It’s hard to believe that Labor Day has come and gone, schools are in session and pretty soon the kids will be dressing up for Halloween.
If you’re already missing summer, here’s something else we’ll all be missing soon – that extra boost of vitamin D we get from the summer sun.
Since, like other fat-soluble vitamins, our body will store away unneeded supplies of vitamin D, now is the time to take advantage of those remaining few weeks of beneficial sunshine.
Aim for 5 to 15 minutes of sun daily
Try to get from five to 15 minutes daily from now through October, preferably between 11 a.m. and 3 p.m. And when you do, be sure not to use any sunscreen, which blocks the benefits of those rays.
Despite all those dire warnings about unprotected sun exposure, being out in the sun for a brief period each day is the very best way to up your vitamin D levels. If you’re fair-skinned, five minutes will probably be enough to do the trick.
Just how important is the “D” that your body synthesizes from the sun?
Support your heart and ward off cancer with vitamin D
Well, besides bolstering your immune system against colds and viruses this winter, it can also help…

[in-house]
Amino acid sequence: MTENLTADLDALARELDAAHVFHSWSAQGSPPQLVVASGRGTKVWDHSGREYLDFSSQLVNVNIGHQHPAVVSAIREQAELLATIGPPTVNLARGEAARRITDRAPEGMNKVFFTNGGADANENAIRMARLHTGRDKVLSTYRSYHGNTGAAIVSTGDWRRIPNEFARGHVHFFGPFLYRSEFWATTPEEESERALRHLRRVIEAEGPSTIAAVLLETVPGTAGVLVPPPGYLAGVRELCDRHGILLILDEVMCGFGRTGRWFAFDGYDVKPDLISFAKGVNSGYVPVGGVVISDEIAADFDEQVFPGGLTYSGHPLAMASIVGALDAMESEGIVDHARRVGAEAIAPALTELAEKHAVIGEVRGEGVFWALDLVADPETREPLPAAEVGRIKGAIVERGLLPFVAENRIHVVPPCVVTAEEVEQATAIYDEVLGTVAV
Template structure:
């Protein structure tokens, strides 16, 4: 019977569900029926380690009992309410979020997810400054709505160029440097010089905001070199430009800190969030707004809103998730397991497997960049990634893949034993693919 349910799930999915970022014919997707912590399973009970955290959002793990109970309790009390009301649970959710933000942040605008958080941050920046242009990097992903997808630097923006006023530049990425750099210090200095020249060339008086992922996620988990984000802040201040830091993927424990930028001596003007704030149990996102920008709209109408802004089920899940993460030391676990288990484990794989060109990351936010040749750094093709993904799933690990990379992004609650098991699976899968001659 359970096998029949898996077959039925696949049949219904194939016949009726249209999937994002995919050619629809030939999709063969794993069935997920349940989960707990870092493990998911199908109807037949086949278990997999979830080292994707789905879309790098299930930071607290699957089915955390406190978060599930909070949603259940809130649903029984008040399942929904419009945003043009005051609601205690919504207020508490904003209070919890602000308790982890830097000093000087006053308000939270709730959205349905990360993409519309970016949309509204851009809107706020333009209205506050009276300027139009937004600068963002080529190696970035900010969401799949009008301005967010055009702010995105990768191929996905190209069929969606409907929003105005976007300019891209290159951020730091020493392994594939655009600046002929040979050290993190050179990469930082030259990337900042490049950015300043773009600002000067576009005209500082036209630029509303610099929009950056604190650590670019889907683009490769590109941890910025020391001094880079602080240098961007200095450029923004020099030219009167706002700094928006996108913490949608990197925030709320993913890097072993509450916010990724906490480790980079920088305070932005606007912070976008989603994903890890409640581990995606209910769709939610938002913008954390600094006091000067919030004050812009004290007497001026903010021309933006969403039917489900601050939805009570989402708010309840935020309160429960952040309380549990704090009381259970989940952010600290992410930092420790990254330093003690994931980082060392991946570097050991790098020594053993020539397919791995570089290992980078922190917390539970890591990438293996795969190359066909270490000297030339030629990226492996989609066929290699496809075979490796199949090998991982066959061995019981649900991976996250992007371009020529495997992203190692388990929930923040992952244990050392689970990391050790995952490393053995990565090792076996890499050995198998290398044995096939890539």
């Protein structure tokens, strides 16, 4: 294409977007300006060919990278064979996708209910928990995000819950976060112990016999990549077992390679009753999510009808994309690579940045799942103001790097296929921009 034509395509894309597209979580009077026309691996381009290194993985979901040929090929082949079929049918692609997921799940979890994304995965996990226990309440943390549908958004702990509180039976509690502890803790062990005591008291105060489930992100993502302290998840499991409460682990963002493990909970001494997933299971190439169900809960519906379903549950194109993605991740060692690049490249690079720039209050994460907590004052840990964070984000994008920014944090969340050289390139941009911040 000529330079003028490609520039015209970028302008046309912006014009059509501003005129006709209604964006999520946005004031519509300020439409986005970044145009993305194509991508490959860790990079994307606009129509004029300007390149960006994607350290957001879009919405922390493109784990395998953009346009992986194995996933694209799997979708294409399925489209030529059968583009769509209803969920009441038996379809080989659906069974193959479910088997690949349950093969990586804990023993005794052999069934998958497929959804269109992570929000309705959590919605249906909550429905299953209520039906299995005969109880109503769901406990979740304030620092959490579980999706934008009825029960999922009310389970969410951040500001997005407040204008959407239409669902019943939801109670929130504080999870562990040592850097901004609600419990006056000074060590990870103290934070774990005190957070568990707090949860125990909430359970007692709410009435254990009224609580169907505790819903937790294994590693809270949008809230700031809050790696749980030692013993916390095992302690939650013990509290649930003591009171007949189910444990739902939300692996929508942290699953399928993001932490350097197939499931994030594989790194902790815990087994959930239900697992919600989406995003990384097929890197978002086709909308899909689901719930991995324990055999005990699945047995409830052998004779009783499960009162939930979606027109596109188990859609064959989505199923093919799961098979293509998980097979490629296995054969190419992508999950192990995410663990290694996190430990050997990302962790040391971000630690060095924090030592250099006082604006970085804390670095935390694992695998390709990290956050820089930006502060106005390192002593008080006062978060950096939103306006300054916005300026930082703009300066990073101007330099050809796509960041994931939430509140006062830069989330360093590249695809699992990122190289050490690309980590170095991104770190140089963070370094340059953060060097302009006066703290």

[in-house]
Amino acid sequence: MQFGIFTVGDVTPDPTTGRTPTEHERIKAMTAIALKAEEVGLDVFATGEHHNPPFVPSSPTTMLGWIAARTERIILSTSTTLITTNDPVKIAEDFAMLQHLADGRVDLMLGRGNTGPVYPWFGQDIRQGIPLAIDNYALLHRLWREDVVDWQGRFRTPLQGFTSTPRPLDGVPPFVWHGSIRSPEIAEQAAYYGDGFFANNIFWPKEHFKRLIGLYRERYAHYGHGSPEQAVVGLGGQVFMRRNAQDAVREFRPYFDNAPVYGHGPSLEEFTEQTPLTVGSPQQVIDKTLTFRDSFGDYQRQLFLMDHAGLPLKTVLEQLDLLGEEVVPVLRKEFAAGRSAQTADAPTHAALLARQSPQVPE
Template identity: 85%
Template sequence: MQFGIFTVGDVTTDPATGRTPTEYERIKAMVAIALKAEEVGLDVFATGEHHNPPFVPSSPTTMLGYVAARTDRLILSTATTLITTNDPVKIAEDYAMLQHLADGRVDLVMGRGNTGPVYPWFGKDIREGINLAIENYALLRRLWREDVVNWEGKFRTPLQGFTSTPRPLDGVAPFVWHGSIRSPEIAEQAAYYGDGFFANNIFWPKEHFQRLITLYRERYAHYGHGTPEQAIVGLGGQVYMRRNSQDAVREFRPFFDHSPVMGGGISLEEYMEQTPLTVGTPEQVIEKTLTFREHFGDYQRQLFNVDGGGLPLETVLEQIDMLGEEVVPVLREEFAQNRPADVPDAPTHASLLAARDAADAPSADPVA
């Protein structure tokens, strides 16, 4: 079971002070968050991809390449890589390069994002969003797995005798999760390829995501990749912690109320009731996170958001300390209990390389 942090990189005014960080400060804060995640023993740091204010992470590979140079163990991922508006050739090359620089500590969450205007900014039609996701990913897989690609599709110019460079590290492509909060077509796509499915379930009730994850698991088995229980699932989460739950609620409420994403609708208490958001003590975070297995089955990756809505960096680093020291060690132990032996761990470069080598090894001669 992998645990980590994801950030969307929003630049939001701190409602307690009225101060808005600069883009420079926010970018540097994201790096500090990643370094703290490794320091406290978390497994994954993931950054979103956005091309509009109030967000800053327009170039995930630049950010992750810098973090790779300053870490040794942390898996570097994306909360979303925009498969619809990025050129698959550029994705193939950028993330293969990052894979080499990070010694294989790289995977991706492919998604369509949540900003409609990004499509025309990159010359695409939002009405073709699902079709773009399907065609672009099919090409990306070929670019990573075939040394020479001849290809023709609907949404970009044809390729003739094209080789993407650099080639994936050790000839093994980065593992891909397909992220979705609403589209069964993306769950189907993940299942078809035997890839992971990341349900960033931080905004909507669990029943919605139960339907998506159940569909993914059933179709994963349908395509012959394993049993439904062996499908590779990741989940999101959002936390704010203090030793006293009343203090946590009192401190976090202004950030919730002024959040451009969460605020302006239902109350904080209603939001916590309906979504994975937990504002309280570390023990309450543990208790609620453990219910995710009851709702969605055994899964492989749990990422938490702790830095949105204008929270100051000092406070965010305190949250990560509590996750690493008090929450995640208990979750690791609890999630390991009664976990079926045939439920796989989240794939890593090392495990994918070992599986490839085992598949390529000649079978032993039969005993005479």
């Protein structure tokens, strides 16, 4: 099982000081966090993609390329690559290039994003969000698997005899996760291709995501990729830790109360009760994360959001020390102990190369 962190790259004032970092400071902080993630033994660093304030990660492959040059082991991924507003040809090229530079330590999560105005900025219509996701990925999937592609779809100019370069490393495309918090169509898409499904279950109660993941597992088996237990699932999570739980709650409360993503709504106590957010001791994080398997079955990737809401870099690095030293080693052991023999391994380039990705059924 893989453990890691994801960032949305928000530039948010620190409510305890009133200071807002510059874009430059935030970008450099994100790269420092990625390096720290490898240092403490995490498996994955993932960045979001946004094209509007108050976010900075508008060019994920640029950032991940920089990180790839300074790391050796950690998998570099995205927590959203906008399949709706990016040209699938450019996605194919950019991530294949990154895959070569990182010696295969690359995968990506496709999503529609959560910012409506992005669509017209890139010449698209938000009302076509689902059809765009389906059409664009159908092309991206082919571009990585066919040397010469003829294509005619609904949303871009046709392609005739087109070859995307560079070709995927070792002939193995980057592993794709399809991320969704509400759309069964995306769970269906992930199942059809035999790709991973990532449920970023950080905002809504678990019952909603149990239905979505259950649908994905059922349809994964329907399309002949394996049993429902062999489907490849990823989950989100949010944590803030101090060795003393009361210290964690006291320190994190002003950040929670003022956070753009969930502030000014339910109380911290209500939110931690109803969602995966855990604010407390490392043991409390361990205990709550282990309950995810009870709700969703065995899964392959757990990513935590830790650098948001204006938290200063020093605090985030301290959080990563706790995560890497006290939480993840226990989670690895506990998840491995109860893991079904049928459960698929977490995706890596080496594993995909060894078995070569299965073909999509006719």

- make your heart healthier,
- your bones denser,
- protect you from getting various types of cancer,
- and help prevent depression.
Getting just that small amount of sun in the next few weeks is especially important if you live in a latitude north of, say, Atlanta, because no matter how bright those winter days might seem, the seasonal slant of the earth won’t allow you to get sufficient sun exposure.
That’s when vitamin-D rich foods come in, such as egg yolks, salmon, and (BPA-free) canned tuna, along with vitamin D supplements.
If you’re taking a supplement, the recommended dose is about 2,000 IUs of D3 daily, taken with a meal that contains fat to maximize absorption.
Jenny Thompson is the Director of the Health Sciences Institute and editor of the HSI e-Alert. Through HSI, she and her team uncover important health information and expose ridiculous health misinformation, most notably through the HSI e-Alert.
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